Beyond Navab Highway: Urban Modernism and the Creation of a “Non-neighborhood” in Tehran

This article will focus on the construction of Navab highway as a case study of the changing economic ‘rationality’ of urban governance in Iran. In 1990s Navab Street, an old North-South street linking many neighborhoods in central Tehran, has become a major element of the new strategic plan of Tehran highway network. The project, the largest demolishing and relocation project since the ‘crusade of street building’ in 1920, was included in Tehran’s first comprehensive plan (1968) as the only main North-South motorway to provide fast access to and from the North and the center of the city. This was a mega scale project, and the financial resources needed for purchasing the land and construction were so high that the municipality did not dare to start the project before the 1979 Revolution and during the war following the Revolution.
In the postwar era, inspite of the financial difficulties, the Tehran municipality initiated the implementation of the project. To finance the costs of the Navab project, the City decided to develop the land needed for the construction of the highway into a new urban complex with high density residential and commercial units. About 3 thousand families were relocated by compulsory purchase orders, and more than 130 high rise buildings with nearly 6 thousands apartments were constructed in a 30 meter wide strip bordering the 5 kilometer highway.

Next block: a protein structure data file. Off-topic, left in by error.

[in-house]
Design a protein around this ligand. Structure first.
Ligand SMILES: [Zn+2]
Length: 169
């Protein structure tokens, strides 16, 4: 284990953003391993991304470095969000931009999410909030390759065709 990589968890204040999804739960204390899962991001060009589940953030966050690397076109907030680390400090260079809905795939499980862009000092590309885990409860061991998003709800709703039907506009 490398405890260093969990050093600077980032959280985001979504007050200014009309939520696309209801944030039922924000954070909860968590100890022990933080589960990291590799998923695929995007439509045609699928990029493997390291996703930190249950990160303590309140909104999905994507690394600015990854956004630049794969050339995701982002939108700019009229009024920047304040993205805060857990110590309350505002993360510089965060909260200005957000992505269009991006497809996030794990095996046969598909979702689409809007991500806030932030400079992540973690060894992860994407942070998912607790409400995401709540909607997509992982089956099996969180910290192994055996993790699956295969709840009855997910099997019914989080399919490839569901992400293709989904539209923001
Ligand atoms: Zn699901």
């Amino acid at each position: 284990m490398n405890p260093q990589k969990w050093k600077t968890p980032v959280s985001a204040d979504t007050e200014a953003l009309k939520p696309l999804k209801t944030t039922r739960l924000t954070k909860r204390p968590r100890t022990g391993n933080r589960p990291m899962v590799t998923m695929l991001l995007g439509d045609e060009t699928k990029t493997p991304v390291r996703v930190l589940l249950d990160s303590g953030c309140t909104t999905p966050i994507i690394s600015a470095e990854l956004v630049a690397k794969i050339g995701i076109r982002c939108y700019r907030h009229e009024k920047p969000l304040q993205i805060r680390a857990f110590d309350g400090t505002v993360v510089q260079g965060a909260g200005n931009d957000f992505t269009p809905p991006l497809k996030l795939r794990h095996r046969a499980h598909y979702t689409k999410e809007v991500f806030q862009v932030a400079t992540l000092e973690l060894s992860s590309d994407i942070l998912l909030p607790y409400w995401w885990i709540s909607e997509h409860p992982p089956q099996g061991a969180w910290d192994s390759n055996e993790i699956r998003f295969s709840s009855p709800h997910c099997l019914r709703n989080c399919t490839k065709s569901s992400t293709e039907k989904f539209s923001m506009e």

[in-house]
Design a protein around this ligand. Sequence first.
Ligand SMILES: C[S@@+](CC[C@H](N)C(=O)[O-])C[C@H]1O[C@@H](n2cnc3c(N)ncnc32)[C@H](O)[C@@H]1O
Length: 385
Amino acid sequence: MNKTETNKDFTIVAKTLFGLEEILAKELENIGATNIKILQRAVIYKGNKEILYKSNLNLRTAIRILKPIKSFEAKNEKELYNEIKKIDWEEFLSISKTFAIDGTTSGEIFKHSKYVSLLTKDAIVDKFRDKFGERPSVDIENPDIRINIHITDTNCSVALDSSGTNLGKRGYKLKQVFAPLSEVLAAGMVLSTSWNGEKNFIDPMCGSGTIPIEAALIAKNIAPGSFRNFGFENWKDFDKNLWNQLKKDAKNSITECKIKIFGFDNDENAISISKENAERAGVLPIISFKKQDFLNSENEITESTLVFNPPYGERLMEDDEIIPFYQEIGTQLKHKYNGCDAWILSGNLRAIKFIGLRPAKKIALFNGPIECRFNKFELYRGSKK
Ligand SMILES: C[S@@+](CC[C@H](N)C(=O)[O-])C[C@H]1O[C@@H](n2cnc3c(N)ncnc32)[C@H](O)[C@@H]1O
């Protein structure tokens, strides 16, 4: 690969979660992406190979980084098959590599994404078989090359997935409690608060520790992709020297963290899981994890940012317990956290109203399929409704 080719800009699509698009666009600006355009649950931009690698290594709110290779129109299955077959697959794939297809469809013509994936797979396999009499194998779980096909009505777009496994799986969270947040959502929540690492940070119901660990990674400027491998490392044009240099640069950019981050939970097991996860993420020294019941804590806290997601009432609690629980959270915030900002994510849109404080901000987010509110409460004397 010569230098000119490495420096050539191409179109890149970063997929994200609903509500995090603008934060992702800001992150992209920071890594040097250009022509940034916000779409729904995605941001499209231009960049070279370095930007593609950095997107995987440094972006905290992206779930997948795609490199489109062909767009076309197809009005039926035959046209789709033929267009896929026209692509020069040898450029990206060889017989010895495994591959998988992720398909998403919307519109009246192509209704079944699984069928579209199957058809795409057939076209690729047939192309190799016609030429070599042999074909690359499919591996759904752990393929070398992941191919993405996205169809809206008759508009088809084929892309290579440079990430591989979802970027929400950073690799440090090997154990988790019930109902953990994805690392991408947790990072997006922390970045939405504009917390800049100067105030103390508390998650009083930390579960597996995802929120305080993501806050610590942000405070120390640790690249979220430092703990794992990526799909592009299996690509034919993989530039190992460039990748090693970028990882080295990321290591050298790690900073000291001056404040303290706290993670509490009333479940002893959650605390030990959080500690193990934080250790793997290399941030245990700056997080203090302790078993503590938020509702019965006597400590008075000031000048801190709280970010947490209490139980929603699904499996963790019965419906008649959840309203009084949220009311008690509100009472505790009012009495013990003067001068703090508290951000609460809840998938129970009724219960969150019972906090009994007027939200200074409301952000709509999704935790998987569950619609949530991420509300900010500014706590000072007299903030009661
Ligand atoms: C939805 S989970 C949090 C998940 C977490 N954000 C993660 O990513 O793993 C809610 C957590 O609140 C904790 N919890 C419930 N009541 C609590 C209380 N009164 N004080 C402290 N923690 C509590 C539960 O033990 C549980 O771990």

But the impact of the project goes beyond its physical borders. Navab laid the foundations of a new economic rationality for urban projects, especially restoration and upgrading projects, which could be summed up as relying on commercial and real estate surplus to finance the non commercial projects. I will discuss the social impact of such ‘economic rationality’ for the citizens, especially those who live in inner city neighborhoods and face renovation and upgrading projects.